Special Counsel: Trump immunity claim threatens democracy

MSN – Josh Gerstein and Kyle Cheney (Politico) | Published: 12/30/2023

Donald Trump’s bold claims that he is immune from criminal prosecution over his efforts to overturn the 2020 presidential election “threaten to undermine democracy,” special counsel Jack Smith warned a federal appeals court. Smith rejected Trump’s contention that the criminal indictment of him for trying to reverse his loss at the polls three years ago is constitutionally invalid because he was serving as president at the time and because he was acquitted by the U.S. Senate after he was impeached for those actions.

New Spin on a Revolving Door: Pentagon officials turned venture capitalists

Seattle Times – Eric Lipton (New York Times) | Published: 12/31/2023

Former Pentagon officials and military officers have joined venture capital firms and are trying to use their connections in Washington to cash in on the potential to sell a new generation of weapons. They represent a new path through the “revolving door” that has always connected the Defense Department and the military contracting business. Retiring generals and departing Pentagon officials once migrated regularly to the established weapons makers. Now they are increasingly flocking to venture capital firms that have collectively pumped billions of dollars into startups offering the Pentagon new war-fighting tools.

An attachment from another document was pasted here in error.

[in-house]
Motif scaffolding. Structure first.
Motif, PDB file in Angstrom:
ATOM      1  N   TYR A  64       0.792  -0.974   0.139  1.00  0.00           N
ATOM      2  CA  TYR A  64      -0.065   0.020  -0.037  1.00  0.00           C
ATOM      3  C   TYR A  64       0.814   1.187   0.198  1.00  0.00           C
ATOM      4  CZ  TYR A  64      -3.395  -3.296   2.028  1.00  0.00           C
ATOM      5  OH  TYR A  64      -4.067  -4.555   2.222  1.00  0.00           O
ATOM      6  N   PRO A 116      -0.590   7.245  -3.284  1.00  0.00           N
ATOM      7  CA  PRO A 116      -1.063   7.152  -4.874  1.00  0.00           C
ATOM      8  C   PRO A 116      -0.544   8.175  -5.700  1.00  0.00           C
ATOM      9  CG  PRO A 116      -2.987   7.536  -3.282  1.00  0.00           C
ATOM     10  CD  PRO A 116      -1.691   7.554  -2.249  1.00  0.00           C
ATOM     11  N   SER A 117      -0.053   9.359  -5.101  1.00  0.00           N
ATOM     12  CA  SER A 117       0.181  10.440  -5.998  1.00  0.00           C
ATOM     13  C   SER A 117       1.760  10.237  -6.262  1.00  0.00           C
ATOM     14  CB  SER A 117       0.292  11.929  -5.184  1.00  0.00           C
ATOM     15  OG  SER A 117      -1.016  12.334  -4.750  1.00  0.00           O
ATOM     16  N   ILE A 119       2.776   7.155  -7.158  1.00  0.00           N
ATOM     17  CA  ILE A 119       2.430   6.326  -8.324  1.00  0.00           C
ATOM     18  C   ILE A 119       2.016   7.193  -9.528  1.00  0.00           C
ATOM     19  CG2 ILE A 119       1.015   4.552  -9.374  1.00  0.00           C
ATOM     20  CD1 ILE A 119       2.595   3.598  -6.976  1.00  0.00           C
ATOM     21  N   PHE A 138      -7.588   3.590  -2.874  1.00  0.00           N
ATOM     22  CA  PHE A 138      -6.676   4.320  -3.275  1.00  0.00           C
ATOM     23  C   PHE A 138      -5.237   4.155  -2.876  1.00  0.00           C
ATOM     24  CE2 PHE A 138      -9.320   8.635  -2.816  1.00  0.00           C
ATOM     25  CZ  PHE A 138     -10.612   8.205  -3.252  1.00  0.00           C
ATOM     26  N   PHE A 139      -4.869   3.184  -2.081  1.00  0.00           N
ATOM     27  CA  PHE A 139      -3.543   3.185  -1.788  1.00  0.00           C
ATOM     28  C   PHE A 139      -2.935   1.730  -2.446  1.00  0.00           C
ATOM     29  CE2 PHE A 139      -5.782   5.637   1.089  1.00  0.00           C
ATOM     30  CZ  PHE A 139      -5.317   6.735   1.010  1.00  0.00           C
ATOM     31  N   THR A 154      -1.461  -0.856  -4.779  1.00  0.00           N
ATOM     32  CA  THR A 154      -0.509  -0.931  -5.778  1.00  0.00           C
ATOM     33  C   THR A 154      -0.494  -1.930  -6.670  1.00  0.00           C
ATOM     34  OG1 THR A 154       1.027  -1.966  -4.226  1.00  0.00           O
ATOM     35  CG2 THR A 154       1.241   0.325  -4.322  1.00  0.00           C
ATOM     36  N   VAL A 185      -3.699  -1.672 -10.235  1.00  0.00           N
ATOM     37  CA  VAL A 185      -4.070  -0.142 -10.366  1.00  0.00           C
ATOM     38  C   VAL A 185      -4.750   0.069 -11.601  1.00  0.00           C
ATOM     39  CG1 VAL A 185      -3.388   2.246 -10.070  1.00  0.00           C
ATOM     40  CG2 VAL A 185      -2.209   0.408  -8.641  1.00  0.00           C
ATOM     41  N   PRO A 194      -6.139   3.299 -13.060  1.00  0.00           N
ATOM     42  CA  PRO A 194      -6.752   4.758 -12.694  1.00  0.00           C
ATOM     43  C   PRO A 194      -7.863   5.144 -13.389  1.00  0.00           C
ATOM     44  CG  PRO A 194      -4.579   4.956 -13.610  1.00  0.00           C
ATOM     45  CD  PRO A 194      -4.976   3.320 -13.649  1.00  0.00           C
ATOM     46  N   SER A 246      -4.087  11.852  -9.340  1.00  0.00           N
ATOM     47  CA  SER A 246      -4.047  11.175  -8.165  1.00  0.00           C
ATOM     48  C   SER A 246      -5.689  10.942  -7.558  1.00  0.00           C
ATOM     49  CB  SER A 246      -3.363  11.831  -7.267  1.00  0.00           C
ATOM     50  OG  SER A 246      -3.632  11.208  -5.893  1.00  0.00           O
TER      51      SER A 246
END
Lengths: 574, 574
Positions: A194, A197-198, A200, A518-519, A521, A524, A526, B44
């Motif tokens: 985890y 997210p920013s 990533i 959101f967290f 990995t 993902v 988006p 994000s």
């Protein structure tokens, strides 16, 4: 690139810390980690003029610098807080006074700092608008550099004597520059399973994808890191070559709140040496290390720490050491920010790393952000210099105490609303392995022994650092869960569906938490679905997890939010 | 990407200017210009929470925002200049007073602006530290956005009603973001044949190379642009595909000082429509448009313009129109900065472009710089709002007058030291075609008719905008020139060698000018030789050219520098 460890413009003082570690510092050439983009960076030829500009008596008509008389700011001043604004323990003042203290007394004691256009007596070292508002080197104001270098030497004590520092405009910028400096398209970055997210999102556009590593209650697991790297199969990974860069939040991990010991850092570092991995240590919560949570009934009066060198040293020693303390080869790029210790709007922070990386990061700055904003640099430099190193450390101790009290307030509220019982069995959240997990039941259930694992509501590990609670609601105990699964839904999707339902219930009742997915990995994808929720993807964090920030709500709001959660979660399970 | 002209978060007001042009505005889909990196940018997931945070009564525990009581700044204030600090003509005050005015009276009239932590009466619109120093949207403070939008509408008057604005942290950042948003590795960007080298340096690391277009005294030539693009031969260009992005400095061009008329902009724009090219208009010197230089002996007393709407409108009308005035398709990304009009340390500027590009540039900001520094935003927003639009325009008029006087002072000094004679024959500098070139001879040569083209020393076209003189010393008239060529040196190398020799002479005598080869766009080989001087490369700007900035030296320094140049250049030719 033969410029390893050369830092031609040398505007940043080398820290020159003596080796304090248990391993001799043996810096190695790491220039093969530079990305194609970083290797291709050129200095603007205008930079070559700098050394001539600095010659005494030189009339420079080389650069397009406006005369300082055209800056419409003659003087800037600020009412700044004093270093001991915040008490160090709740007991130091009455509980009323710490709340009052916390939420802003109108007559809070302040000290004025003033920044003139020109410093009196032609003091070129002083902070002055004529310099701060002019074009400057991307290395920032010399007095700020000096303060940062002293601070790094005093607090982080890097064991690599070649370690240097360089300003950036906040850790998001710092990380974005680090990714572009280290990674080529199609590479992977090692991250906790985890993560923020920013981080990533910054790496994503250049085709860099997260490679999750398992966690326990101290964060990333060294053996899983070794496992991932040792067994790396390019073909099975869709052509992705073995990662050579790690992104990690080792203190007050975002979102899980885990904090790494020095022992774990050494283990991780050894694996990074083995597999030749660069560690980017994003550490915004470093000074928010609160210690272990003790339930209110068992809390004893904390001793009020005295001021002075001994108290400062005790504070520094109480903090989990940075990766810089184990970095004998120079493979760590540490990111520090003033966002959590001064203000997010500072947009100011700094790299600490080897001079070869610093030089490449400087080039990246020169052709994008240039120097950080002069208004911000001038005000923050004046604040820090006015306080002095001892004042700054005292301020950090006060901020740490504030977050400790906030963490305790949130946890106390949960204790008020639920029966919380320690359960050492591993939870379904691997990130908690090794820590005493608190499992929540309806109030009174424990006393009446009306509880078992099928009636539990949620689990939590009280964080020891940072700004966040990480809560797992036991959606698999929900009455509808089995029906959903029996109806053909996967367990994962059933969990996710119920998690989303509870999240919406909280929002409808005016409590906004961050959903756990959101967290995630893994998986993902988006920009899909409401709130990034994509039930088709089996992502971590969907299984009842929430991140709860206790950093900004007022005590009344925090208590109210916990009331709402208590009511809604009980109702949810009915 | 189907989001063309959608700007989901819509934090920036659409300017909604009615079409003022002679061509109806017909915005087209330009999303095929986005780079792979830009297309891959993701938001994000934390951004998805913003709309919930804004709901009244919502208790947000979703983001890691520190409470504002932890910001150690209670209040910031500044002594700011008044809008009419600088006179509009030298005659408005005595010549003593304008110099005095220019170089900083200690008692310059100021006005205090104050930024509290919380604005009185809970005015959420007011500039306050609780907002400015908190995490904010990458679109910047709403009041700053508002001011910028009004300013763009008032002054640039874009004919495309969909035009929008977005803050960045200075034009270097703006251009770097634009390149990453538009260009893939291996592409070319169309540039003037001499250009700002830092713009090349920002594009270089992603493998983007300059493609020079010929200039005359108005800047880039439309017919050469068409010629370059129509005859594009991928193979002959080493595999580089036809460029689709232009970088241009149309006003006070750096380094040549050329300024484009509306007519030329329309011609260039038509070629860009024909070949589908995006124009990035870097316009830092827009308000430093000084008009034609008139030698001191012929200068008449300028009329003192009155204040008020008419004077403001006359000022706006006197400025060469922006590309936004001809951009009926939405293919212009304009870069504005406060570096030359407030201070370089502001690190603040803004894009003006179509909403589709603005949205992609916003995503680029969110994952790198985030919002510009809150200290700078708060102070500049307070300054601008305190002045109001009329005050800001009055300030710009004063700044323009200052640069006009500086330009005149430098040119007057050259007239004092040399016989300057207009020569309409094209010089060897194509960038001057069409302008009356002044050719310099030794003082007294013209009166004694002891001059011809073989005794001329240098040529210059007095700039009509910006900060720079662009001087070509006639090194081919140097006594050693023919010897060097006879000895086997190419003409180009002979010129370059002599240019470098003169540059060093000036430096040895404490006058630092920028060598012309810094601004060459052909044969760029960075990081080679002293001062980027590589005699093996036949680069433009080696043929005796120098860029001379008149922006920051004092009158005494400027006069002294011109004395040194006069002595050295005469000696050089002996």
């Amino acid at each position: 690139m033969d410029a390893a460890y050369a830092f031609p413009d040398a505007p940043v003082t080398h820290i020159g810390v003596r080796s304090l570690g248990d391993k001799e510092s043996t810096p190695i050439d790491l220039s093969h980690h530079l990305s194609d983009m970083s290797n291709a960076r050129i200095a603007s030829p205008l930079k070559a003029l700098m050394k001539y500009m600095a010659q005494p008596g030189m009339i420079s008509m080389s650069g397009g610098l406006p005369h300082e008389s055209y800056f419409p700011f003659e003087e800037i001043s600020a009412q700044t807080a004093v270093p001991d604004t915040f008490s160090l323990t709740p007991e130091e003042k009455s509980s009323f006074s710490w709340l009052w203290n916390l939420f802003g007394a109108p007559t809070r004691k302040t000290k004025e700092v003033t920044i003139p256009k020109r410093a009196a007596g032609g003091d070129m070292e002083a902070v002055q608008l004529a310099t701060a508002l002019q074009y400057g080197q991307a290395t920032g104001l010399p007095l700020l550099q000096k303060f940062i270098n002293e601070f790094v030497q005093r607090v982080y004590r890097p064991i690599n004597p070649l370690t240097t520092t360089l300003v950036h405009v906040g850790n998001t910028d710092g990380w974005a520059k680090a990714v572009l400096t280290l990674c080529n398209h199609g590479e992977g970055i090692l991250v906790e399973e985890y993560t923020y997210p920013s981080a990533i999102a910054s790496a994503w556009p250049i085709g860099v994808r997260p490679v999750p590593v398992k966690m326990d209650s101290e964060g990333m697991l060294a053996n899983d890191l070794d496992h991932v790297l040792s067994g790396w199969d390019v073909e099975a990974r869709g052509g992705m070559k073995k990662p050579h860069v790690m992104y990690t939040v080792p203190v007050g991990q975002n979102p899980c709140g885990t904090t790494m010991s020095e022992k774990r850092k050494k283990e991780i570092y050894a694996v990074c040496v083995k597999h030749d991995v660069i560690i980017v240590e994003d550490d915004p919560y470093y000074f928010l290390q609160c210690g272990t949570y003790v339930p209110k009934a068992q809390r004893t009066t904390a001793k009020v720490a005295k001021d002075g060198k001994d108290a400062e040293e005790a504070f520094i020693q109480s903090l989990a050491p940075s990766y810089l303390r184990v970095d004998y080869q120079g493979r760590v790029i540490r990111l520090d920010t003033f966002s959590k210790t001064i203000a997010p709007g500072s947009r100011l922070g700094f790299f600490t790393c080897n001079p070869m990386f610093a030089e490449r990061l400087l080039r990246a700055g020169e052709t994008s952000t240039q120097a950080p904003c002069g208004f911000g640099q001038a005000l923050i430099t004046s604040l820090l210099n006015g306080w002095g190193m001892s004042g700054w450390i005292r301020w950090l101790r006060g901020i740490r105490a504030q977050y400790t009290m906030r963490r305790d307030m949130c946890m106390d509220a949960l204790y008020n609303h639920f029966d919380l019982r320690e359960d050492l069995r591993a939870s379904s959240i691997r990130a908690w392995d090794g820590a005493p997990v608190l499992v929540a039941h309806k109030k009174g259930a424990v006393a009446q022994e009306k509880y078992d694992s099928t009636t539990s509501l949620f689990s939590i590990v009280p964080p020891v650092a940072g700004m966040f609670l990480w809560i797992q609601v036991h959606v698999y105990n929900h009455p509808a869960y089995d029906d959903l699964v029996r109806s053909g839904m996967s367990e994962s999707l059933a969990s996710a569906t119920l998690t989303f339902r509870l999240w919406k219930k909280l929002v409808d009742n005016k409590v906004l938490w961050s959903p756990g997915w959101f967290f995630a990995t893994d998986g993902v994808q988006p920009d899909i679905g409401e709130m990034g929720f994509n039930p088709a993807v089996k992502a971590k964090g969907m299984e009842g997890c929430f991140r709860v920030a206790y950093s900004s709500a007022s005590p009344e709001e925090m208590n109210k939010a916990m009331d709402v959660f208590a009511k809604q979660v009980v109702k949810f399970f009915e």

From the States and Municipalities

Canada – Commissioner Says No Conflict in Rolling Stones’ Promo at Vancouver City Hall

Vancouver Is Awesome – Mike Howell | Published: 1/3/2024

Vancouver’s integrity commissioner ruled Mayor Ken Sim and three city council members did not breach the code of conduct when they promoted a Rolling Stones concert scheduled for July 2024 at BC Place Stadium. Sim and council members Sarah Kirby-Yung, Peter Meiszner, and Mike Klassen were the subject of a complaint from a citizen concerned about the band’s iconic tongue-and-lips logo being displayed on the facade of City Hall.